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Home > 139. Deputy Jack Wall asked the Minister for Community, Equality and Gaeltacht Affairs the actions he has taken to address the increases in drug possession and supply recorded offences in Ireland since 2003.

[Oireachtas] 139. Deputy Jack Wall asked the Minister for Community, Equality and Gaeltacht Affairs the actions he has taken to address the increases in drug possession and supply recorded offences in Ireland since 2003. (24 Nov 2010)

URL: http://debates.oireachtas.ie/dail/2010/11/24/00106...


139.  Deputy Jack Wall asked the Minister for Community, Equality and Gaeltacht Affairs the actions he has taken to address the increases in drug possession and supply recorded offences in Ireland since 2003 where controlled drug offences, possession of drugs for sale or supply and possession of drugs for personal use has seen an increase in offences of over 100% in each case; his views on the national drug strategy in addressing such major problems; and if he will make a statement on the matter.

Minister for Community, Equality and Gaeltacht Affairs (Deputy Pat Carey): The table sets out Drug-Related Crime Offences (Number) by Type of Offence and Year for the period 2004-2009, as recorded by the Central Statistics Office. As the Deputy has indicated, there has been a marked increase in the number of offences over that period.

 

The Key Performance Indicators for the supply reduction pillar of the National Drug Strategy 2001-2008 were:

  • ·         to increase the volume of drugs seized by 50% based on 2000 figures;
  • ·         to increase the number of seizures by 20% based on 2004 figures; and
  • ·         to increase the number of supply detections by 20% based on 2004 figures.

All of these Indicators were surpassed.

 

The increases in seizures represent important operational successes for the law enforcement agencies and reflect the ongoing co-operation between An Garda Síochána and Revenue’s Customs Service, as well as the intelligence-led approach being utilised. The focus on supply reduction continues under the National Drugs Strategy 2009-2016.

 

In terms of drugs law enforcement, drugs and organised crime are being prioritised by An Garda Síochána as a core focus for 2010, through the Garda Síochána Policing Plan. Drugs Units are in place in every Garda Division and they work in partnership with the Garda National Drugs Unit in tackling and targeting drug-related crime.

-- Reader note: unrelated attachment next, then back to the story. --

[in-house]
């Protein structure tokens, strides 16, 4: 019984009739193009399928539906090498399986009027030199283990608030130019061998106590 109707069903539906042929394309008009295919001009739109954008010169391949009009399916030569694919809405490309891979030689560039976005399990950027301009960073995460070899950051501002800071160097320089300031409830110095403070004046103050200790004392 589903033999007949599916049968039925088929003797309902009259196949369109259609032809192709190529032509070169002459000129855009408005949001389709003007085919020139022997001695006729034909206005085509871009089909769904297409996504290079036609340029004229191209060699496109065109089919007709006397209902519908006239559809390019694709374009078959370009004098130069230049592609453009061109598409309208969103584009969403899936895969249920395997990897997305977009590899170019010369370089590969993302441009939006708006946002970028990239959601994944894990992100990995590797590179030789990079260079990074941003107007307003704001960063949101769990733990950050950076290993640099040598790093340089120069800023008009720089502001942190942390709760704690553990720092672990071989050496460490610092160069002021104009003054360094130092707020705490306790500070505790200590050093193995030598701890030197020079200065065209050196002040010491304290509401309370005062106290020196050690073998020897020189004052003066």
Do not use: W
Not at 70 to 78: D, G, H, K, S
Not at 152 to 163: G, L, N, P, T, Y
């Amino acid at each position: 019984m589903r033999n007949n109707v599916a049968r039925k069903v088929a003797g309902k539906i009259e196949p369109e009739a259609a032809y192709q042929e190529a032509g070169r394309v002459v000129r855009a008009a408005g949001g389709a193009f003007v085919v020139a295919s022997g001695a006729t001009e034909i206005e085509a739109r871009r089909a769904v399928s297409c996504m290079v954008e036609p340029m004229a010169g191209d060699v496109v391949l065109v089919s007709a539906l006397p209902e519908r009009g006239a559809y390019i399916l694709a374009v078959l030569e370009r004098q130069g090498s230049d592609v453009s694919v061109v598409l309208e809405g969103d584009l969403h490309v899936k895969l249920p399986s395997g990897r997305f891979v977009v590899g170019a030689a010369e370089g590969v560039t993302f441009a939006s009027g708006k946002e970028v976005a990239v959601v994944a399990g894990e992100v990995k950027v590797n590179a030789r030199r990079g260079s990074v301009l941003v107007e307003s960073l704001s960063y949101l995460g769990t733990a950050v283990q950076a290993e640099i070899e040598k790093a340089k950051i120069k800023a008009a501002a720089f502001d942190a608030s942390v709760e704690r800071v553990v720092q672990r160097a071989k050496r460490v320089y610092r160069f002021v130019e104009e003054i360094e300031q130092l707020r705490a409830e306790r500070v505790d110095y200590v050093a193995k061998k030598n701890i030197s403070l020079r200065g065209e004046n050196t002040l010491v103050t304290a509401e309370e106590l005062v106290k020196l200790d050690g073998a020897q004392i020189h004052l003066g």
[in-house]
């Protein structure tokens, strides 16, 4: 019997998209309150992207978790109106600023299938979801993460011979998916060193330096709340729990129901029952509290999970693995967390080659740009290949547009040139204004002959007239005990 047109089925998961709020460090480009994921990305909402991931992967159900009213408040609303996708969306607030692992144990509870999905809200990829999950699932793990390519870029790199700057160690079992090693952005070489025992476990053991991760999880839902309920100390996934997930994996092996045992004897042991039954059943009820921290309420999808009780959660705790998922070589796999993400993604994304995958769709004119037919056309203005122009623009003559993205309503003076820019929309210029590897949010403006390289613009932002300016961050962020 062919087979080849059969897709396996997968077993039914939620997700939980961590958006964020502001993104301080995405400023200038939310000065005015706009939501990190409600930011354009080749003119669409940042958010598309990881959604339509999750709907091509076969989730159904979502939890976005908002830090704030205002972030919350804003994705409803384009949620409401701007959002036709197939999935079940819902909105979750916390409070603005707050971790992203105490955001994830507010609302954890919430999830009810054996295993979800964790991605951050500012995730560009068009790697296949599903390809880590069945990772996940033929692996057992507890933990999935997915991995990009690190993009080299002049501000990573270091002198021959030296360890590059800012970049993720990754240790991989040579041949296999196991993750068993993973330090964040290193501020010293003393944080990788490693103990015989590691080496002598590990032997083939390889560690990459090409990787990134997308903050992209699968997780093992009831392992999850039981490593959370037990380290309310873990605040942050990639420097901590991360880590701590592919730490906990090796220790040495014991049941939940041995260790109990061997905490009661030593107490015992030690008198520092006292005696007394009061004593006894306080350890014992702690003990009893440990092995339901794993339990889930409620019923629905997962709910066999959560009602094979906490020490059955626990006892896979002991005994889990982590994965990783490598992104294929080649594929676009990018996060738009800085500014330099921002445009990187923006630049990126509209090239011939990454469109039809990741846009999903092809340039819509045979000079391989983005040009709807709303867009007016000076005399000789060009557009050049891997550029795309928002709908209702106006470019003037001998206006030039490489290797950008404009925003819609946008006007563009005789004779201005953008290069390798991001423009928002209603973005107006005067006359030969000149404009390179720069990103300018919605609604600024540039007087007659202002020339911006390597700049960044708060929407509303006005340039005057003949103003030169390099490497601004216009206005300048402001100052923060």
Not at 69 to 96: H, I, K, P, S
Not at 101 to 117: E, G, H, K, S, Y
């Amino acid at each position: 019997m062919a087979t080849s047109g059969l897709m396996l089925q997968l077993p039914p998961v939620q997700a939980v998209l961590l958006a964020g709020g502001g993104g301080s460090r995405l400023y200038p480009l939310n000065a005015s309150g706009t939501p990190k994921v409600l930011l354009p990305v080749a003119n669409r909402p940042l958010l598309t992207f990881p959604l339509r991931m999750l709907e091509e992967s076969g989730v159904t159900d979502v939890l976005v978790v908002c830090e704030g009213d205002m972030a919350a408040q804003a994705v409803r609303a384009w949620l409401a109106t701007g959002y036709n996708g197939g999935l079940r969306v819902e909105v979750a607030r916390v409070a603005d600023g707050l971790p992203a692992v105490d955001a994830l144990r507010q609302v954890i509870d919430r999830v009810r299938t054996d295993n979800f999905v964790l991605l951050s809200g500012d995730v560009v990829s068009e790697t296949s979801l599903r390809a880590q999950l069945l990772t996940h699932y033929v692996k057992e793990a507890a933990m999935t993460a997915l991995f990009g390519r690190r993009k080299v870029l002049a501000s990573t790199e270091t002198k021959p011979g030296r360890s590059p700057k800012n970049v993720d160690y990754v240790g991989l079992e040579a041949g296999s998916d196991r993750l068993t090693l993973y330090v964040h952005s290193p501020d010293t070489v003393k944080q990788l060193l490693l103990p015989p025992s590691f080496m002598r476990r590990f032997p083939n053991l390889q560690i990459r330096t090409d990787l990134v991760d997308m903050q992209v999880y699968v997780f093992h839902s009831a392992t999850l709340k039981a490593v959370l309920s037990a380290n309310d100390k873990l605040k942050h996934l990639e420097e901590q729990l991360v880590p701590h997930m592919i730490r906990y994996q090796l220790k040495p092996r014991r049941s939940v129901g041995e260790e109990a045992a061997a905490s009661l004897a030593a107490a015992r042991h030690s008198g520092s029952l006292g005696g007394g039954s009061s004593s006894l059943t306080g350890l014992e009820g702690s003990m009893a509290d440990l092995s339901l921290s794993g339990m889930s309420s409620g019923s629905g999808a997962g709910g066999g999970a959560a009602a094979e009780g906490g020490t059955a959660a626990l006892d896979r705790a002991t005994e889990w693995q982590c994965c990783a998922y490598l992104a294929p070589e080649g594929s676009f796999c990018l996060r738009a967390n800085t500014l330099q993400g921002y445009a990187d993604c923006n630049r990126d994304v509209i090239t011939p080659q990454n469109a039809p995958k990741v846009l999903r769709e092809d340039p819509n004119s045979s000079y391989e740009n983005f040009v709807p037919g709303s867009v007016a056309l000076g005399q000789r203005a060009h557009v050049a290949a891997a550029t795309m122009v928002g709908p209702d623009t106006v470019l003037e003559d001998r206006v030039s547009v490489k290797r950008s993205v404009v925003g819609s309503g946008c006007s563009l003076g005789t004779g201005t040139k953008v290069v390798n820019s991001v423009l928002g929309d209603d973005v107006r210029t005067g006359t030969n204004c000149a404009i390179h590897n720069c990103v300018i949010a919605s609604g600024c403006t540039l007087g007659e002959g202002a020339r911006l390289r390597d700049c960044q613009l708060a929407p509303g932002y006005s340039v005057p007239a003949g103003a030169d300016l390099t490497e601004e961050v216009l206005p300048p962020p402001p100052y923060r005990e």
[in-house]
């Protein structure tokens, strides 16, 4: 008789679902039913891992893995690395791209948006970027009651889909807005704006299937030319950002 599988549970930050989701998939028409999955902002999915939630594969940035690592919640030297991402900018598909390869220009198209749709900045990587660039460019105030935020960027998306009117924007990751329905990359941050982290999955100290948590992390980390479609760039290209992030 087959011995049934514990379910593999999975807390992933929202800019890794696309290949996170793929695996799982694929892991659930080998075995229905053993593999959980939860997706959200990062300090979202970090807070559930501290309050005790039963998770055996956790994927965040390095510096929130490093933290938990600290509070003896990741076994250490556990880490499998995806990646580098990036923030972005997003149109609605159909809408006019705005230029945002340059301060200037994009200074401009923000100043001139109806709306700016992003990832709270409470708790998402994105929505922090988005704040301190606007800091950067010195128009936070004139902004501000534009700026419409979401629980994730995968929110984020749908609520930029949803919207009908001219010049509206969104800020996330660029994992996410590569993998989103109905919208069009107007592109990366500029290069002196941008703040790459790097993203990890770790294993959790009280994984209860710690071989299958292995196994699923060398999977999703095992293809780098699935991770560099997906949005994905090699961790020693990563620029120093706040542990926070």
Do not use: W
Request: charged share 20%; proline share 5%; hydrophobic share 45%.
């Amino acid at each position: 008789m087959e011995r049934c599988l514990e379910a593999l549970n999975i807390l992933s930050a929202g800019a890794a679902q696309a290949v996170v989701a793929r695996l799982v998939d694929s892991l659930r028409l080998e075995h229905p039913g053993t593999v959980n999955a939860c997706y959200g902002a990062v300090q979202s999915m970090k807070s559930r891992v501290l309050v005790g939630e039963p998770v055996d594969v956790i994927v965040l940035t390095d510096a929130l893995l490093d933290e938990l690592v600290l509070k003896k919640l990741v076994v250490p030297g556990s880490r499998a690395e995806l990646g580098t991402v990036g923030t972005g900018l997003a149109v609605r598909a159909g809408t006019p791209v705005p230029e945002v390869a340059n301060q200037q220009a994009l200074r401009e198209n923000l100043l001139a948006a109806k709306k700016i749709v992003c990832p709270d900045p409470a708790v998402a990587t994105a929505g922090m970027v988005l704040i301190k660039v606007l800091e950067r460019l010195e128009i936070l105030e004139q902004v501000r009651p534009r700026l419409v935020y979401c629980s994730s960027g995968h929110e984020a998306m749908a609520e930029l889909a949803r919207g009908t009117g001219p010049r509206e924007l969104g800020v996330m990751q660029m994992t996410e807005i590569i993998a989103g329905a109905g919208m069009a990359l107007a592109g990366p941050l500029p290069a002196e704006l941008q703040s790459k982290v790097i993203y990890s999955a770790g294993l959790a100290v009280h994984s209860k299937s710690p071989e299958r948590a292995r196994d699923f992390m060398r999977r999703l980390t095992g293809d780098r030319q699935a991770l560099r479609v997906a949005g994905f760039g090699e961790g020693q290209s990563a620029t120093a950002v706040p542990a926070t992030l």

Divisional and District Policing Plans reflect the focus of the overall Policing Plan in terms of drugs law enforcement. In addition, An Garda Síochána has strong and strategic partnerships in place at international level that target drug trafficking. An Garda Síochána is satisfied that a significant impact has been made more recently by the arrest and prosecution of a number of major players involved in the trafficking of drugs. Also, while the trend for drug-related crime offences is upward from 2004 to 2009, some of the 2009 figures show reductions on the previous year. An Garda Síochána views this as reflecting a reducing market caused by a number of factors, including proactive law enforcement activities and the economic downturn.

 

I am fully committed to the implementation of the supply reduction actions of the National Drugs Strategy. Combined with initiatives in the areas of prevention, treatment, rehabilitation and research, I am confident that the Strategy will impact very significantly on the drugs problem in Ireland.

 

Recorded Drug Related Crime Offences (Number) by Type of Offence and Year (Source CSO)

2004

2005

2006

2007

2008

2009

Controlled drug offences

9,868

13,322

14,234

18,554

23,405

21,983

Importation of drugs

36

36

43

54

67

46

Cultivation or manufacture of drugs

38

50

92

161

218

273

Possession of drugs for sale or supply

2,196

2,659

3,018

3,602

4,302

4,029

Written Answers – National Drugs Strategy
Wednesday, 24 November 2010
Vol. 723 No. 3

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